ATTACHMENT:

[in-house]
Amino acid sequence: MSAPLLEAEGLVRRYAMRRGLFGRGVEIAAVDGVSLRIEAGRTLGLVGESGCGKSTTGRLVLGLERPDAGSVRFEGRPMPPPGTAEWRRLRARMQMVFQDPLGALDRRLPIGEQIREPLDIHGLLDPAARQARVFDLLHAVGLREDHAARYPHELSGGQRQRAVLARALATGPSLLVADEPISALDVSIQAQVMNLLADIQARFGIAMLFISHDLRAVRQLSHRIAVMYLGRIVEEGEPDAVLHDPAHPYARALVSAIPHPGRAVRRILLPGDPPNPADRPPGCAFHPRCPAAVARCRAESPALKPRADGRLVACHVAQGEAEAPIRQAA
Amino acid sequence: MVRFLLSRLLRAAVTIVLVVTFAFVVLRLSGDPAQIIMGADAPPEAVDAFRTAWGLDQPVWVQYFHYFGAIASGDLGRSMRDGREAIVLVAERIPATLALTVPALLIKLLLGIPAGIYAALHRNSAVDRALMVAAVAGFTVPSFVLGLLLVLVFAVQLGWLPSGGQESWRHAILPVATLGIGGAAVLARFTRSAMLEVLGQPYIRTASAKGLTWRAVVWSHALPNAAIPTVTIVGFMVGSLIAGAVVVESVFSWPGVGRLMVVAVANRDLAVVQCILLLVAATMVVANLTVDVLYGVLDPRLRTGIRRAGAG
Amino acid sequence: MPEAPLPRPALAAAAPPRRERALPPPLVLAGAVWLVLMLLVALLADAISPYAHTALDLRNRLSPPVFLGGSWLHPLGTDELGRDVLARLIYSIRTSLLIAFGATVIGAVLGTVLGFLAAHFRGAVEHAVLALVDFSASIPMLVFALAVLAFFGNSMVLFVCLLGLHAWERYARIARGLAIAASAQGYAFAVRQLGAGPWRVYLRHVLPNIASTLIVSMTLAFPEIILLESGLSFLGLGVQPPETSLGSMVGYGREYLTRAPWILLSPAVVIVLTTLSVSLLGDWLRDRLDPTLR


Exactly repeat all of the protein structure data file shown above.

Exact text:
[in-house]
Amino acid sequence: MSAPLLEAEGLVRRYAMRRGLFGRGVEIAAVDGVSLRIEAGRTLGLVGESGCGKSTTGRLVLGLERPDAGSVRFEGRPMPPPGTAEWRRLRARMQMVFQDPLGALDRRLPIGEQIREPLDIHGLLDPAARQARVFDLLHAVGLREDHAARYPHELSGGQRQRAVLARALATGPSLLVADEPISALDVSIQAQVMNLLADIQARFGIAMLFISHDLRAVRQLSHRIAVMYLGRIVEEGEPDAVLHDPAHPYARALVSAIPHPGRAVRRILLPGDPPNPADRPPGCAFHPRCPAAVARCRAESPALKPRADGRLVACHVAQGEAEAPIRQAA
Amino acid sequence: MVRFLLSRLLRAAVTIVLVVTFAFVVLRLSGDPAQIIMGADAPPEAVDAFRTAWGLDQPVWVQYFHYFGAIASGDLGRSMRDGREAIVLVAERIPATLALTVPALLIKLLLGIPAGIYAALHRNSAVDRALMVAAVAGFTVPSFVLGLLLVLVFAVQLGWLPSGGQESWRHAILPVATLGIGGAAVLARFTRSAMLEVLGQPYIRTASAKGLTWRAVVWSHALPNAAIPTVTIVGFMVGSLIAGAVVVESVFSWPGVGRLMVVAVANRDLAVVQCILLLVAATMVVANLTVDVLYGVLDPRLRTGIRRAGAG
Amino acid sequence: MPEAPLPRPALAAAAPPRRERALPPPLVLAGAVWLVLMLLVALLADAISPYAHTALDLRNRLSPPVFLGGSWLHPLGTDELGRDVLARLIYSIRTSLLIAFGATVIGAVLGTVLGFLAAHFRGAVEHAVLALVDFSASIPMLVFALAVLAFFGNSMVLFVCLLGLHAWERYARIARGLAIAASAQGYAFAVRQLGAGPWRVYLRHVLPNIASTLIVSMTLAFPEIILLESGLSFLGLGVQPPETSLGSMVGYGREYLTRAPWILLSPAVVIVLTTLSVSLLGDWLRDRLDPTLR